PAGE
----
‘I’d Welcome Research Into Young Audiences’: Q’s With AIF CEO John Rostron

John Rostron credit Jody Hartley
AIF CEO John Rostron. (Picture by Jody Hartley)

40 UK festivals have already canceled in 2024. Not all of them are gone for good, with some planning a return in 2025. But the reasons for their cancellation is usually the same: a dramatic rise in costs across the board. The current cost of living across Europe also affects people’s leisure budgets. It particularly affects the independent festival sector and community, where maintaining a reasonable ticket price is usually part of the festival’s philosophy.

But there are more reasons why these events are struggling. One is a changed audience: an entire generation has missed out on their first festival experience due to the lockdowns imposed during COVID, and the effects – while noticed by many promoters – have yet been properly analysed. Pollstar reached out to John Rostron, CEO of the Association of Independent Festivals (AIF) for our inaugural UK Focus, to talk about the current struggle of an entire sector.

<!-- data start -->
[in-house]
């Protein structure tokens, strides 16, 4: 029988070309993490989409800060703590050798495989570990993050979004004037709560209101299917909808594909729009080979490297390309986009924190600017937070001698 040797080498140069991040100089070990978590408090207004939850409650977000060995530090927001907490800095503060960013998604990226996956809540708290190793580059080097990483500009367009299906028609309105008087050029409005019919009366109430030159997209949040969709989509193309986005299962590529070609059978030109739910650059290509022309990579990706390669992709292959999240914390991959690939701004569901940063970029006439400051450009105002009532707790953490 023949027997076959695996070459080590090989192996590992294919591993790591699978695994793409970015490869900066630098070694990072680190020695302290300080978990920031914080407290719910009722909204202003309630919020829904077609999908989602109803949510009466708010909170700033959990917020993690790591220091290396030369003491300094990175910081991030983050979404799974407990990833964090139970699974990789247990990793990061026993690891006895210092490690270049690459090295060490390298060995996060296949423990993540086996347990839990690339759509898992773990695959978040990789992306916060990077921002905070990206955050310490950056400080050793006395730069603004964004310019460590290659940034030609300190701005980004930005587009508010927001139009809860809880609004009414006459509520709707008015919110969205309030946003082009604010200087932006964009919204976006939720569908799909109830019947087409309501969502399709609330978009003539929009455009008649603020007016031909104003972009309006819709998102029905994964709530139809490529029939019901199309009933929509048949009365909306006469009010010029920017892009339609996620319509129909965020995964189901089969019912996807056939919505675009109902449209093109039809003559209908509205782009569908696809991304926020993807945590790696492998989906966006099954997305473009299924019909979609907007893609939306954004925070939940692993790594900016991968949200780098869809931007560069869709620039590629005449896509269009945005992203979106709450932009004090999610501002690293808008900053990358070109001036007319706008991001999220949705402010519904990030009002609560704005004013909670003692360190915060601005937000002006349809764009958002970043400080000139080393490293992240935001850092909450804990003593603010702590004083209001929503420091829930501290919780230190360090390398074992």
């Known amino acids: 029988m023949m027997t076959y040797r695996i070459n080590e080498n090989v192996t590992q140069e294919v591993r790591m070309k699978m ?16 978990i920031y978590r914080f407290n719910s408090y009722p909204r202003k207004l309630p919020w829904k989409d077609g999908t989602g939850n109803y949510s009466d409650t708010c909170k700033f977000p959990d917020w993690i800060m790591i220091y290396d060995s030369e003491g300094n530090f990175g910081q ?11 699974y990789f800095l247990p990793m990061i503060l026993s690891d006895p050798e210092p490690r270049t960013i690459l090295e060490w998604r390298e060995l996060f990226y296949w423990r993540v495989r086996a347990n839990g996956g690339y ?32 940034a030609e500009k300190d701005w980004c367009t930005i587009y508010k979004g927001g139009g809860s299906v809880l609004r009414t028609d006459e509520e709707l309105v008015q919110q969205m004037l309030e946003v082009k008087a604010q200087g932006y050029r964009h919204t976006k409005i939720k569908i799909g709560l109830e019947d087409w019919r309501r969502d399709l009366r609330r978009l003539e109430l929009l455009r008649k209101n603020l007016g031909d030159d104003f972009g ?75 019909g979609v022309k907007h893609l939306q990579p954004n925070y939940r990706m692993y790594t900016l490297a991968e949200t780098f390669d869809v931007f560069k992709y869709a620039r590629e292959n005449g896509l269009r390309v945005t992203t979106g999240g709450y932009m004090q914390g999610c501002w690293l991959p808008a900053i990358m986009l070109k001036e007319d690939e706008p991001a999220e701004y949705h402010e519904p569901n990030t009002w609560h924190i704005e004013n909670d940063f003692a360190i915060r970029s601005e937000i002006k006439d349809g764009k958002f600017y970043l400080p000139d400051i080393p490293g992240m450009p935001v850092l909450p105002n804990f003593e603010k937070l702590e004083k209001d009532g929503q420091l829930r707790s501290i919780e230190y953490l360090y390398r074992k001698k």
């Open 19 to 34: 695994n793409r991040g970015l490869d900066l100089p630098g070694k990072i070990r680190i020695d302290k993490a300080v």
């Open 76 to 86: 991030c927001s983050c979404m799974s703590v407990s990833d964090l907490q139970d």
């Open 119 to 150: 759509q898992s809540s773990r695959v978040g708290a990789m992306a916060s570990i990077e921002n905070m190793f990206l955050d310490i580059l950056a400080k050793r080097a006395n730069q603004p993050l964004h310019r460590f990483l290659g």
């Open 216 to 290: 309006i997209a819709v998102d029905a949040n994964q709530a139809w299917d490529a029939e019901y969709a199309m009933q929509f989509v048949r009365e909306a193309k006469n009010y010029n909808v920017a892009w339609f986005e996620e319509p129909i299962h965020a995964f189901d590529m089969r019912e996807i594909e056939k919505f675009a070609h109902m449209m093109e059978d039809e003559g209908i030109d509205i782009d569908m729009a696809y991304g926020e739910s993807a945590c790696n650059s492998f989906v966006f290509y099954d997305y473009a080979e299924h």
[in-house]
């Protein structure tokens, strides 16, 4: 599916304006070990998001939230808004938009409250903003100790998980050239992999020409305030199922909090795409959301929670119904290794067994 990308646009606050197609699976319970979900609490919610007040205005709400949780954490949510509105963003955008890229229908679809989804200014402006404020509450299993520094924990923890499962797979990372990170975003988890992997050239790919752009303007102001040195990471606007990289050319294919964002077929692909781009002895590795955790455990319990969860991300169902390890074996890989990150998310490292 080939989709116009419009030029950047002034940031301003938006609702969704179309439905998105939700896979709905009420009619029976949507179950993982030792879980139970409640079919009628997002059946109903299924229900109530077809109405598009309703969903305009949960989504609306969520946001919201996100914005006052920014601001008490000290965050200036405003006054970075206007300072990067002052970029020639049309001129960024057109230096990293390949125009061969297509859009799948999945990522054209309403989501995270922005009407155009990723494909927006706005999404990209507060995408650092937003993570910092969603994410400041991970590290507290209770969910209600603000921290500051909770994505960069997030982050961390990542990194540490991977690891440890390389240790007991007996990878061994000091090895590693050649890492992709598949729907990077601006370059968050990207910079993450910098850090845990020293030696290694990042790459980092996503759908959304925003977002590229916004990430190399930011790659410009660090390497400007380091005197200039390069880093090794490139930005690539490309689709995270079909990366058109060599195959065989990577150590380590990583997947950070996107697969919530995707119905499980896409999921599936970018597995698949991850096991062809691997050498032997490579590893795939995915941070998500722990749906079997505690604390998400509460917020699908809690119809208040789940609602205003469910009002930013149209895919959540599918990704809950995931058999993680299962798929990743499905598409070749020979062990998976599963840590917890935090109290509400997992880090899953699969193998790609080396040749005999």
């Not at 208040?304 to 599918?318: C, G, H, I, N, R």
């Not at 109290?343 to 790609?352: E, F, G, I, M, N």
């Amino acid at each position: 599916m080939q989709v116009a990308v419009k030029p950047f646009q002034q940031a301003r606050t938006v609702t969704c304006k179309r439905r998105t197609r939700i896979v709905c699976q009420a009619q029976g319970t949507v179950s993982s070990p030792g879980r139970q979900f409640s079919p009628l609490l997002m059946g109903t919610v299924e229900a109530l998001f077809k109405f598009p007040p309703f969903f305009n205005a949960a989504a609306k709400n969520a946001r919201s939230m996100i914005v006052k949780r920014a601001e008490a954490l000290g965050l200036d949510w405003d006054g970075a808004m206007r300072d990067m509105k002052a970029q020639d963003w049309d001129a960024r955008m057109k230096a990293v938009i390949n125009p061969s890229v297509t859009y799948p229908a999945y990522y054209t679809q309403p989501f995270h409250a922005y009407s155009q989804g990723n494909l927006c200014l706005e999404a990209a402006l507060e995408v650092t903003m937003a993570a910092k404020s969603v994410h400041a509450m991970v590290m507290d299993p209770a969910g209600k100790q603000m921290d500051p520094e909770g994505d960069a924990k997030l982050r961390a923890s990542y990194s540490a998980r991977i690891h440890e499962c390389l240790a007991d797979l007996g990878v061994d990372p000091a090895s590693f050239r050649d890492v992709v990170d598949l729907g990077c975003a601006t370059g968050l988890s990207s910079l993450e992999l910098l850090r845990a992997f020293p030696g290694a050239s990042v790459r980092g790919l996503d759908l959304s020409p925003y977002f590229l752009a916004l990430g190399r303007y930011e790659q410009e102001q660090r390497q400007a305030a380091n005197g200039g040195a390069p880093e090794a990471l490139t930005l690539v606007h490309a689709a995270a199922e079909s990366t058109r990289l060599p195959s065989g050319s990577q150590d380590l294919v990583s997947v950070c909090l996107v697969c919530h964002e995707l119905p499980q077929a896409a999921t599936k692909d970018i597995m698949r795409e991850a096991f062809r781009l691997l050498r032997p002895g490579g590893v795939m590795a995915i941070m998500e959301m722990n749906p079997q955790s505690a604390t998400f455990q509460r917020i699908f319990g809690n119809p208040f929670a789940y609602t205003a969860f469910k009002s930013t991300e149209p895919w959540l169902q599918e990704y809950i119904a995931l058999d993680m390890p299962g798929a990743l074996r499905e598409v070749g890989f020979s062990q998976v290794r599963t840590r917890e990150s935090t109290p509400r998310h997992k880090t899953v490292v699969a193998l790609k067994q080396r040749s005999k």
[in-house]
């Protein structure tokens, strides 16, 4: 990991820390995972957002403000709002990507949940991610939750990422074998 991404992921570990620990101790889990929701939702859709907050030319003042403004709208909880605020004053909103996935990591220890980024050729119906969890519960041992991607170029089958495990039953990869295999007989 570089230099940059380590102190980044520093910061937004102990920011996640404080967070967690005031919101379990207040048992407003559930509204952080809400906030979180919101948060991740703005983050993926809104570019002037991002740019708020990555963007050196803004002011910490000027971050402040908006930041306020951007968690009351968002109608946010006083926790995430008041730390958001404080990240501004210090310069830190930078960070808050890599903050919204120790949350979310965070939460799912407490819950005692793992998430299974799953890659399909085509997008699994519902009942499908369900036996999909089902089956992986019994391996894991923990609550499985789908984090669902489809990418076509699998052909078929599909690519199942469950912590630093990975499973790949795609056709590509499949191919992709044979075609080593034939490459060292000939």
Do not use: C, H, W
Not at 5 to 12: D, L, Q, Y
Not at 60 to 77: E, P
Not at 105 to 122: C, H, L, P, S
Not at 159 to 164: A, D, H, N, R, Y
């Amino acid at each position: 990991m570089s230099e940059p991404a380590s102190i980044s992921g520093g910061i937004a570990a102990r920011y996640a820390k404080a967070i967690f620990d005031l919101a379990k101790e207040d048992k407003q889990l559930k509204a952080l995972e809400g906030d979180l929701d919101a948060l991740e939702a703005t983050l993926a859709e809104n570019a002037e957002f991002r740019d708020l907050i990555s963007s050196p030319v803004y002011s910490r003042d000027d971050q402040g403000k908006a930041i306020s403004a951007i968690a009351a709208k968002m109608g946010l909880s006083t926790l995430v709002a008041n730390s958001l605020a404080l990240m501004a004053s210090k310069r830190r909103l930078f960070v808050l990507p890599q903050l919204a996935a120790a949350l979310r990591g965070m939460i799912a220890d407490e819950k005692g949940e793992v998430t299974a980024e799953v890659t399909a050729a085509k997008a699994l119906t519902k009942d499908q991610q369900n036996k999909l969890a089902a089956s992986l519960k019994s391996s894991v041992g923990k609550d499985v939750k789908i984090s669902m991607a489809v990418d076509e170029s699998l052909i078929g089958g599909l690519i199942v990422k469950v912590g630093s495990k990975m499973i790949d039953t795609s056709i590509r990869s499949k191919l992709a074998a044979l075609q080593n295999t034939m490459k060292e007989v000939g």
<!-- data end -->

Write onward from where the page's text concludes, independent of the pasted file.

See: 40 UK Festivals Cancelled In 2024

Pollstar: Is it correct to say that festival promoters are having an even harder time than tour promoters in the current economy, because it is such a massive (cost) effort to basically erect an entire city in a field every year?
John Rostron: Short answer – yes. Concert promoters are dealing with supply chain increases across all areas of production, transport and artist costs, but they have some comfort that they are working in fixed venues and infrastructure, which mitigates many of the other rising costs that comes from building – and then removing – a temporary site. The the other key difference with touring is that if costs rise rapidly between budgeting and delivery of the event, then the fee structure means the artist is involved in deciding whether to take on those costs, and take home less money, or cancel the show. Almost always, they press on and deliver the show. With festivals, the artists are paid fixed fees, so there’s no opportunity to go back and renegotiate, so the festival promoter bears all the burden.

What are ways for independent festivals to increase their margins without raising their ticket prices, and without factoring in government help?
Supply chain costs have gone up, and continue to go up, by over 30%-50% on average. They don’t want to pass that all on to customers, so they’ve raised ticket prices by 20% or so since COVID, and then looked at what can be cut to cover the rest. The rise in artist fees has added to the need to cut too, so often the first thing to go is a stage, and all the artists with it. Festivals always have way more on offer than people can see, and they often over-deliver, so the customer doesn’t notice any difference, but it’s interesting how hard the independents find it to do this. They are creative people who really want to go above and beyond.